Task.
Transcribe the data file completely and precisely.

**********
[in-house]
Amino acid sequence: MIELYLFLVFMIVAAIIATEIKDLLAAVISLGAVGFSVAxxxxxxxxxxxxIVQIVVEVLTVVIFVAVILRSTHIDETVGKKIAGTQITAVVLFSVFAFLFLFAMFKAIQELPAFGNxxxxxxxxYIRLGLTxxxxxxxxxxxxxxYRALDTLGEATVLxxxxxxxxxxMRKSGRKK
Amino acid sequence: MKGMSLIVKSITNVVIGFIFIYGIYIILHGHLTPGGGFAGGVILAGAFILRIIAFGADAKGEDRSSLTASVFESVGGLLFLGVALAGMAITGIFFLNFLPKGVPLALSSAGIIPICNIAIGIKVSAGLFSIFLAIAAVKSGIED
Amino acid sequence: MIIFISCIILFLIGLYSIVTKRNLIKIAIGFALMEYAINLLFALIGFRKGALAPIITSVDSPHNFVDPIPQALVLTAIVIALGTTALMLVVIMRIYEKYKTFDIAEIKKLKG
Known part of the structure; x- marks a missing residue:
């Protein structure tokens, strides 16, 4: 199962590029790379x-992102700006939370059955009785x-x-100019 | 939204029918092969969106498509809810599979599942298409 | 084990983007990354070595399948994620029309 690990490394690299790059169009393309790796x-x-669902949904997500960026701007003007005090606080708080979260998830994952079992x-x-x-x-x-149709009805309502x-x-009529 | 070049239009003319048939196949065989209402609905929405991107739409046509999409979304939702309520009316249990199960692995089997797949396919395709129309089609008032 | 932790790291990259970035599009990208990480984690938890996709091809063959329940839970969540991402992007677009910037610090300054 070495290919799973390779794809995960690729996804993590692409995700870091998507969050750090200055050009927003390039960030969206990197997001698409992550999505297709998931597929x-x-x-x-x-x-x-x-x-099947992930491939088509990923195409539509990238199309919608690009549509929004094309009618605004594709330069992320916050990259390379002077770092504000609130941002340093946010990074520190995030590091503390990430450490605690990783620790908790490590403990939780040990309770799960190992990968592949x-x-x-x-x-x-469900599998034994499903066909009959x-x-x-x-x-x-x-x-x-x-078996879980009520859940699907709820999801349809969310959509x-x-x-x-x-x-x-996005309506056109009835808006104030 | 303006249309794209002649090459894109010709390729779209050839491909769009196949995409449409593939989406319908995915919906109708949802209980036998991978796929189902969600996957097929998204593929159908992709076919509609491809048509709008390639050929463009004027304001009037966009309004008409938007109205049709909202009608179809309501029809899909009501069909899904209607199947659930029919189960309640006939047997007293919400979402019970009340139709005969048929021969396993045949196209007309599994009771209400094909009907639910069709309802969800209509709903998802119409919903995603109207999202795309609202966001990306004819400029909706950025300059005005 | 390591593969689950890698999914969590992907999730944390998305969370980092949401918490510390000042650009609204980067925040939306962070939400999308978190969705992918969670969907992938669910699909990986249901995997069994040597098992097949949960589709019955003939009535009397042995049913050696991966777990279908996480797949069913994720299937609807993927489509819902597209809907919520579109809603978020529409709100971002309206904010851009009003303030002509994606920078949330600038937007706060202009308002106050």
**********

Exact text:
[in-house]
Amino acid sequence: MIELYLFLVFMIVAAIIATEIKDLLAAVISLGAVGFSVAxxxxxxxxxxxxIVQIVVEVLTVVIFVAVILRSTHIDETVGKKIAGTQITAVVLFSVFAFLFLFAMFKAIQELPAFGNxxxxxxxxYIRLGLTxxxxxxxxxxxxxxYRALDTLGEATVLxxxxxxxxxxMRKSGRKK
Amino acid sequence: MKGMSLIVKSITNVVIGFIFIYGIYIILHGHLTPGGGFAGGVILAGAFILRIIAFGADAKGEDRSSLTASVFESVGGLLFLGVALAGMAITGIFFLNFLPKGVPLALSSAGIIPICNIAIGIKVSAGLFSIFLAIAAVKSGIED
Amino acid sequence: MIIFISCIILFLIGLYSIVTKRNLIKIAIGFALMEYAINLLFALIGFRKGALAPIITSVDSPHNFVDPIPQALVLTAIVIALGTTALMLVVIMRIYEKYKTFDIAEIKKLKG
Known part of the structure; x- marks a missing residue:
């Protein structure tokens, strides 16, 4: 199962590029790379x-992102700006939370059955009785x-x-100019 | 939204029918092969969106498509809810599979599942298409 | 084990983007990354070595399948994620029309 690990490394690299790059169009393309790796x-x-669902949904997500960026701007003007005090606080708080979260998830994952079992x-x-x-x-x-149709009805309502x-x-009529 | 070049239009003319048939196949065989209402609905929405991107739409046509999409979304939702309520009316249990199960692995089997797949396919395709129309089609008032 | 932790790291990259970035599009990208990480984690938890996709091809063959329940839970969540991402992007677009910037610090300054 070495290919799973390779794809995960690729996804993590692409995700870091998507969050750090200055050009927003390039960030969206990197997001698409992550999505297709998931597929x-x-x-x-x-x-x-x-x-099947992930491939088509990923195409539509990238199309919608690009549509929004094309009618605004594709330069992320916050990259390379002077770092504000609130941002340093946010990074520190995030590091503390990430450490605690990783620790908790490590403990939780040990309770799960190992990968592949x-x-x-x-x-x-469900599998034994499903066909009959x-x-x-x-x-x-x-x-x-x-078996879980009520859940699907709820999801349809969310959509x-x-x-x-x-x-x-996005309506056109009835808006104030 | 303006249309794209002649090459894109010709390729779209050839491909769009196949995409449409593939989406319908995915919906109708949802209980036998991978796929189902969600996957097929998204593929159908992709076919509609491809048509709008390639050929463009004027304001009037966009309004008409938007109205049709909202009608179809309501029809899909009501069909899904209607199947659930029919189960309640006939047997007293919400979402019970009340139709005969048929021969396993045949196209007309599994009771209400094909009907639910069709309802969800209509709903998802119409919903995603109207999202795309609202966001990306004819400029909706950025300059005005 | 390591593969689950890698999914969590992907999730944390998305969370980092949401918490510390000042650009609204980067925040939306962070939400999308978190969705992918969670969907992938669910699909990986249901995997069994040597098992097949949960589709019955003939009535009397042995049913050696991966777990279908996480797949069913994720299937609807993927489509819902597209809907919520579109809603978020529409709100971002309206904010851009009003303030002509994606920078949330600038937007706060202009308002106050």